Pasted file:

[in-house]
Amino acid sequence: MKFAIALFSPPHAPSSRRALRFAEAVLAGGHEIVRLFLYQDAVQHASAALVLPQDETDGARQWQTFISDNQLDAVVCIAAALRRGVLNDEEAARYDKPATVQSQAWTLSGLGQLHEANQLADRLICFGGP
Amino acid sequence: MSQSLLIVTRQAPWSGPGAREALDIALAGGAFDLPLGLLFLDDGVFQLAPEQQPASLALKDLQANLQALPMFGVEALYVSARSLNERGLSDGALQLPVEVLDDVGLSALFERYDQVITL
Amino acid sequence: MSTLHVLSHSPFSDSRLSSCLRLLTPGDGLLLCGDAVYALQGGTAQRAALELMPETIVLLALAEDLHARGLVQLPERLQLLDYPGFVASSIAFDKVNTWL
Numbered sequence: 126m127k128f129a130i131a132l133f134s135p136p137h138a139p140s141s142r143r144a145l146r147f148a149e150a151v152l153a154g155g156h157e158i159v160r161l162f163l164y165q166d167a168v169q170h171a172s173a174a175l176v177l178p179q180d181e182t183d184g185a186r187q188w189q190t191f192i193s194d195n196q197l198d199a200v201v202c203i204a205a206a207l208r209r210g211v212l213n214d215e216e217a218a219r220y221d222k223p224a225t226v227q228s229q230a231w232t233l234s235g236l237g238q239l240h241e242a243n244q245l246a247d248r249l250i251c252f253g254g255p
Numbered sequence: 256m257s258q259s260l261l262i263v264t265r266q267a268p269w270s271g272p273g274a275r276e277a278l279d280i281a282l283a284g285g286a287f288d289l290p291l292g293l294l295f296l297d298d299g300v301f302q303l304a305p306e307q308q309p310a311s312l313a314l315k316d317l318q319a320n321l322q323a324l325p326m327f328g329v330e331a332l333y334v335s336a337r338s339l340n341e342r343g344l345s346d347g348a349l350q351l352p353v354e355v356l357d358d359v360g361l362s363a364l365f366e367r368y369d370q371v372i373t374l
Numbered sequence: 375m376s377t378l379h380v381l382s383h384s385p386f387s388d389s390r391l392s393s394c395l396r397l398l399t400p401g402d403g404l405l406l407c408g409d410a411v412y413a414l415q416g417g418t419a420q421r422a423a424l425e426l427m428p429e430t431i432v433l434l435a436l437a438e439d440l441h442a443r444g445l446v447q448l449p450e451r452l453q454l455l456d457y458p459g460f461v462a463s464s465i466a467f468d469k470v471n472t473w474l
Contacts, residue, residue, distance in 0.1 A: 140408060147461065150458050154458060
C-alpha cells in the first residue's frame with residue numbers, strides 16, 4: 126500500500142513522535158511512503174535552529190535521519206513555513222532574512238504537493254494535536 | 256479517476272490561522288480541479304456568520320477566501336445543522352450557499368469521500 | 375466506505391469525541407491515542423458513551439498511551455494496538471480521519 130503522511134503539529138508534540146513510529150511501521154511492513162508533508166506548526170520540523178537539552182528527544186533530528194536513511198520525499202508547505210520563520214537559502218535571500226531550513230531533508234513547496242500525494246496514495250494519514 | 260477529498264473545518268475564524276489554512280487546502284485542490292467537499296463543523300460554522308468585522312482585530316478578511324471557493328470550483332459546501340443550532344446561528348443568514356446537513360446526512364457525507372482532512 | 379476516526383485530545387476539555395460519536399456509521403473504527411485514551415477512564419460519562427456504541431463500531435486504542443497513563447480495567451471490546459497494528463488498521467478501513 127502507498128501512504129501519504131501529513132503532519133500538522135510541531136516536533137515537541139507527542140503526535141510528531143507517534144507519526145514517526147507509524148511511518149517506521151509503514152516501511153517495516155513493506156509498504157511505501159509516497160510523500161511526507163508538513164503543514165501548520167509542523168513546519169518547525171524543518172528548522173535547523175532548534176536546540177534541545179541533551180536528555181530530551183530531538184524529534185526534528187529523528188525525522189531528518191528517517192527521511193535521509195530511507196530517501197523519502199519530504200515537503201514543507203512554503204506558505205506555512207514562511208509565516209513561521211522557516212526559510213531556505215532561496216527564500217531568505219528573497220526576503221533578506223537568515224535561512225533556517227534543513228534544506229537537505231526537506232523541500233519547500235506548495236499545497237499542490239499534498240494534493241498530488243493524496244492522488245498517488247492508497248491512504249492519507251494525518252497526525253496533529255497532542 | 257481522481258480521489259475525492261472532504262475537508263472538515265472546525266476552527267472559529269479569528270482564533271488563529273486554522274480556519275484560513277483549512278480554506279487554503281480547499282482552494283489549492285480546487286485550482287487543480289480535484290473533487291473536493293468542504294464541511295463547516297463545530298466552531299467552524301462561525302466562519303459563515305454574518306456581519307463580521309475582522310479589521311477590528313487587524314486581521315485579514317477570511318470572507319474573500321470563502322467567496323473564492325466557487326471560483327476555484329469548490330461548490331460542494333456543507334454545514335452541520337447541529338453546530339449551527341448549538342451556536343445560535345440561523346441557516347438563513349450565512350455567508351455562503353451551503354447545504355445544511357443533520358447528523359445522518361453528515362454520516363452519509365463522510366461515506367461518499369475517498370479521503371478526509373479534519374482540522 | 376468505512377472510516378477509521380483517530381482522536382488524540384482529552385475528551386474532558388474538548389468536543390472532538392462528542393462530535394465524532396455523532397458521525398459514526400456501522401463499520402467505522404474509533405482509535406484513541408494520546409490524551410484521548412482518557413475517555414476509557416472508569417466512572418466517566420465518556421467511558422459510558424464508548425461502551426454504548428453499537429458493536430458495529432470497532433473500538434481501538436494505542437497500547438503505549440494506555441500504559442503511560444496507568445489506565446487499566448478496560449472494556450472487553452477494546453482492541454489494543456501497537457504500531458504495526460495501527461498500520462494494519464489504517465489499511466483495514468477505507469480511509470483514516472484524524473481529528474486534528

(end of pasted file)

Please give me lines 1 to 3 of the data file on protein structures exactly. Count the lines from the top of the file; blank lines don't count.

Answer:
[in-house]
Amino acid sequence: MKFAIALFSPPHAPSSRRALRFAEAVLAGGHEIVRLFLYQDAVQHASAALVLPQDETDGARQWQTFISDNQLDAVVCIAAALRRGVLNDEEAARYDKPATVQSQAWTLSGLGQLHEANQLADRLICFGGP
Amino acid sequence: MSQSLLIVTRQAPWSGPGAREALDIALAGGAFDLPLGLLFLDDGVFQLAPEQQPASLALKDLQANLQALPMFGVEALYVSARSLNERGLSDGALQLPVEVLDDVGLSALFERYDQVITL